Saturday, September 21, 2019
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Euro 2016: More for Money than for Substance


Euro 2016 logo (via wikipedia)Uefa have confirmed the expansion of the European Championships format from the 2016 tournament onwards. The change involves expanding the number of competing nations from sixteen to twenty-four, and as a part of this expansion the number of nations who will be eligible to host the tournament will be limited.

 

 

 

These proposals have to be seriously questioned from the outset and I have to say that they are surely being made for all the wrong reasons. Franz Beckenbauer sat in on the meeting in a non-voting capacity as a European Fifa Executive member, surely a phrase that goes some way to describing the often muddled politics of football's governing body! Beckenbauer's opinion on the change to the competition was that "The European Championships will not lose any quality by that."

 

Unfortunately, as great a player, manager and advocate of the game as he is, I have to question where Beckenbauer's assurance on this matter comes from. In terms of why Uefa have decided they need to expand a competition that is currently popular and successful, I can see no real justification beyond the need to ensure that popular nations definitely qualify. This should in theory spare England any future embarrassment but surely this shouldn't be the point, instead UEFA are deliberately starting to erode the competitive nature of the European Championships in favour of a widening commercial market.


In simple monetary terms Uefa and Fifa will gain enormously from T.V. and merchandising revenue generated by the eight extra nations who qualify for the tournament proper. Of course it could be argued that this increased capacity will help generate even more interest for the game of football, which can only be a good thing. This though is quite frankly, a sham of an argument. Football has widened it's appeal massively over the decades and especially since the early nineties, any suggestion that it requires larger tournaments to entice the interest of even larger audiences world wide, is nothing better than a red herring to the real reasoning behind the decision.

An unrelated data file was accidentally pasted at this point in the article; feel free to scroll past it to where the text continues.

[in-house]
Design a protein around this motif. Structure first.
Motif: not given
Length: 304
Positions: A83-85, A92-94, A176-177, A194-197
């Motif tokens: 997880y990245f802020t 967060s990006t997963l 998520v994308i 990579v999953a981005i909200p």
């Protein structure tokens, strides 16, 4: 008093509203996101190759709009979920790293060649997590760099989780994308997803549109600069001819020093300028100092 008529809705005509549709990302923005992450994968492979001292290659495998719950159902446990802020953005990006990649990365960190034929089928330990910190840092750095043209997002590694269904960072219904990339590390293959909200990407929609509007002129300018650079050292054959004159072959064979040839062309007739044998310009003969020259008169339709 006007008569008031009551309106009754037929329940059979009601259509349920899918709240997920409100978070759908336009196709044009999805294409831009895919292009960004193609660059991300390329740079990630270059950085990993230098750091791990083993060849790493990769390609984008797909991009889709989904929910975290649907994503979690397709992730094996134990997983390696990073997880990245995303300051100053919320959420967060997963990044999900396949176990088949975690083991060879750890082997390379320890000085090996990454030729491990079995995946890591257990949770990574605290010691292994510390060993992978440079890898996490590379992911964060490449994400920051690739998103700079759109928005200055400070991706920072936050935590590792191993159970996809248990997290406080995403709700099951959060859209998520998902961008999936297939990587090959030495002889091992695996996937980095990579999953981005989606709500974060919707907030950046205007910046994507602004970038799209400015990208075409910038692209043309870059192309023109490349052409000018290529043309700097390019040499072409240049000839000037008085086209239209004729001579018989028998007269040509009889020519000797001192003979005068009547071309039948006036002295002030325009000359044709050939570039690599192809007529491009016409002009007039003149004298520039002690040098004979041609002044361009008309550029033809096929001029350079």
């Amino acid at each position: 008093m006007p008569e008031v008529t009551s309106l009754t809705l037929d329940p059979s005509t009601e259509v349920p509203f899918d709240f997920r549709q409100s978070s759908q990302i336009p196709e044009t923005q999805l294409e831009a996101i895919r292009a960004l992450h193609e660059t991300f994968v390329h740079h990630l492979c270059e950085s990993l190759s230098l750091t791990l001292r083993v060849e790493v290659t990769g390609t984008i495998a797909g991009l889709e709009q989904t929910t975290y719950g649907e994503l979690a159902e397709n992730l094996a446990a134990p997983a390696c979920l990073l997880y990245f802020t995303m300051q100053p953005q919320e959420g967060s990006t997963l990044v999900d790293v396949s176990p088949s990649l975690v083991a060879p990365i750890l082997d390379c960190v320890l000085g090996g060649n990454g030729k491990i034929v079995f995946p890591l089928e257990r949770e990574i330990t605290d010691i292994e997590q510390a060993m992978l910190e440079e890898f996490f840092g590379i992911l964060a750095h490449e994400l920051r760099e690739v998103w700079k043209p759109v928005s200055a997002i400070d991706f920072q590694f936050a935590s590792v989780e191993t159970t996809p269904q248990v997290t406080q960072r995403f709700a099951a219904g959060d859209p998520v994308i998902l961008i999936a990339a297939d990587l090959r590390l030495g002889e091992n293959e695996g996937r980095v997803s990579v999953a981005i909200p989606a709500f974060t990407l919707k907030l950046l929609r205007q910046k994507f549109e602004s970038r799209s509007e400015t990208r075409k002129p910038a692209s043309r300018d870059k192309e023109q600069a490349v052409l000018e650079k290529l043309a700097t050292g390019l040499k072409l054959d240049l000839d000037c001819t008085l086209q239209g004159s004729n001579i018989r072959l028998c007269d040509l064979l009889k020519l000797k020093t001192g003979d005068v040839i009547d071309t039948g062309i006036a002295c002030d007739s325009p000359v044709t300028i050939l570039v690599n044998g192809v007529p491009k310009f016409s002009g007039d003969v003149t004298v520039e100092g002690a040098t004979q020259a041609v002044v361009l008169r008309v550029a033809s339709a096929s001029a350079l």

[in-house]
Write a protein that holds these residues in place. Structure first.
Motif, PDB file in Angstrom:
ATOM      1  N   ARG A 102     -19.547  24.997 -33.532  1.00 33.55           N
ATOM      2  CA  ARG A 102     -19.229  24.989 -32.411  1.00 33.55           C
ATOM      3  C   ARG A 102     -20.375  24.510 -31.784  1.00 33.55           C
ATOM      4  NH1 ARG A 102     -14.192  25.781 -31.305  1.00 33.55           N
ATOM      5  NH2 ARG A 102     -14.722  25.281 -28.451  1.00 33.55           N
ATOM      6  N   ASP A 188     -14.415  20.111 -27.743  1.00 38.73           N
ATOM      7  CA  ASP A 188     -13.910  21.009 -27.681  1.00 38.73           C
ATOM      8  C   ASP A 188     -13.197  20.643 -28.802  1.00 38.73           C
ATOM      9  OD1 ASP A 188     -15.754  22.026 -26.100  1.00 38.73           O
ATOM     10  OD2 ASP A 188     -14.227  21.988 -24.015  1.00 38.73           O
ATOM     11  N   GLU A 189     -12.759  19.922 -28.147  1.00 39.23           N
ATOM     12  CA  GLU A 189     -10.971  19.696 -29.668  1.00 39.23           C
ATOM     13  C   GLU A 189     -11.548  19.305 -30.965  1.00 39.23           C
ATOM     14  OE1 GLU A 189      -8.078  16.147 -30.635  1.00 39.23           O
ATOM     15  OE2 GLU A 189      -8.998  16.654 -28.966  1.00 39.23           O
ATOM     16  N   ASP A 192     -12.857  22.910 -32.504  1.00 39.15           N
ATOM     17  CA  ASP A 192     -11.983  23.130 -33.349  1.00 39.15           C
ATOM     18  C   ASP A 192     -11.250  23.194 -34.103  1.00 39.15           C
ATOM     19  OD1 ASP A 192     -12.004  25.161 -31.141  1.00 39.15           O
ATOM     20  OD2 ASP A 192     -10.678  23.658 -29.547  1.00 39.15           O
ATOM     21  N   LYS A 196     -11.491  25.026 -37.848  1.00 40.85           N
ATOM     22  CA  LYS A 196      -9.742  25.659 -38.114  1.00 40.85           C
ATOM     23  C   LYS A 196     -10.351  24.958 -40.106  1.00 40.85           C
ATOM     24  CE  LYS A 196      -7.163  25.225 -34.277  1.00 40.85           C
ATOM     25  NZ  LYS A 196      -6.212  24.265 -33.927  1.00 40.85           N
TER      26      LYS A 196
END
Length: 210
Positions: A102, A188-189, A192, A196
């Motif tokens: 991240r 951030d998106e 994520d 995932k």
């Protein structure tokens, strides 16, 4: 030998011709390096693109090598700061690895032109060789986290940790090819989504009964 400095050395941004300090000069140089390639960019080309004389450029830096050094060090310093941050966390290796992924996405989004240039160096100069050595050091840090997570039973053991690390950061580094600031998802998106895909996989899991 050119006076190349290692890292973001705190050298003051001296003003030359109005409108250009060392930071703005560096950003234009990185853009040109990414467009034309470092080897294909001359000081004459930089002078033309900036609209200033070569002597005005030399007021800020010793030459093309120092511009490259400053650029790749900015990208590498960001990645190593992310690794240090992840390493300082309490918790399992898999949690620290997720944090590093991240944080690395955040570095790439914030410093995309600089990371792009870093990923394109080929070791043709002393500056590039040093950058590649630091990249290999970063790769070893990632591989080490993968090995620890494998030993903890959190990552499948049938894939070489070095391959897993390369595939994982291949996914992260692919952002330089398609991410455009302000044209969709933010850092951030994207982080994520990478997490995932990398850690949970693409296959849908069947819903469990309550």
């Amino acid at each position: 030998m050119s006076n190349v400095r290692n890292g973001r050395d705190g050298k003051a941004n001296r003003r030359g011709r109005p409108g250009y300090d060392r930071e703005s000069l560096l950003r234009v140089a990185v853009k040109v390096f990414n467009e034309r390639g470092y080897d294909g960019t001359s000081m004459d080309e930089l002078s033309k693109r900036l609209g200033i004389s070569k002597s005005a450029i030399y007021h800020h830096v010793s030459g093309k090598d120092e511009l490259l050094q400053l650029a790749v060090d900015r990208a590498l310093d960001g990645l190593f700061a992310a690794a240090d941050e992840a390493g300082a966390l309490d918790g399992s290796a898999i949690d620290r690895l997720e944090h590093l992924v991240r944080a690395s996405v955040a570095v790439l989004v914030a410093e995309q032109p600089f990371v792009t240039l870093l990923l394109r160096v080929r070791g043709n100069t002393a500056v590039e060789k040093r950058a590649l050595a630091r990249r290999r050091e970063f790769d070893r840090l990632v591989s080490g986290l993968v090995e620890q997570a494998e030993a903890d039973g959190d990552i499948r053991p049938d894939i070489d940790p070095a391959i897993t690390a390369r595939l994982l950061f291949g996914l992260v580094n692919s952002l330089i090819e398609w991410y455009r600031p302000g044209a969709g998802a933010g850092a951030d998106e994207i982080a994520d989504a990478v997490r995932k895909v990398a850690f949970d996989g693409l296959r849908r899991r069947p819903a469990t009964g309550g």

I'm afraid that the change in format to the European Championship is instead rather clearly motivated by money and business, and once again this shows how too much of modern football is being dictated by commercial values rather than sporting ones. If we look at the European Championships themselves, it is striking in how it differs to the World Cup. Obviously the World Cup is viewed as the premier international tournament, and in many ways it is, there is the history and glamour, and most importantly the title of being the best international team in the world.

 


Alternatively the European Championships offer a simple, more elitist competition, qualification is tough and as England realised, far from guaranteed. With the current format there are four groups of four, and this leaves the system of seeding teams as a rather token gesture. With this streamlined format there is always an assured quality to the level of competition between teams, and although there is an established higher order of nations that consistently qualify, the European Championships have been as prone as any other competition to diverse/shock results.

 


However often the World Cup delivers salivating football, it rarely presents us with "groups of death" that really deserve the name. With the recent European Championship, every neutral observer was enthralled by the draw that placed the likes of Italy, Holland and France in the same group stage. With the impending format change it is far less likely that these so-called big nations will face such staunch tests in future, in fact the irony is that by expanding the capacity of the Euros, Uefa are not only diluting the quality of the competition but also making life for the larger nations that bit easier. Pardon me for not seeing the global picture, but I'd rather England fail to qualify for the European Championships, as was deserved, rather than flattering to deceive against opponents who had likewise failed to meet expectations.

 

 

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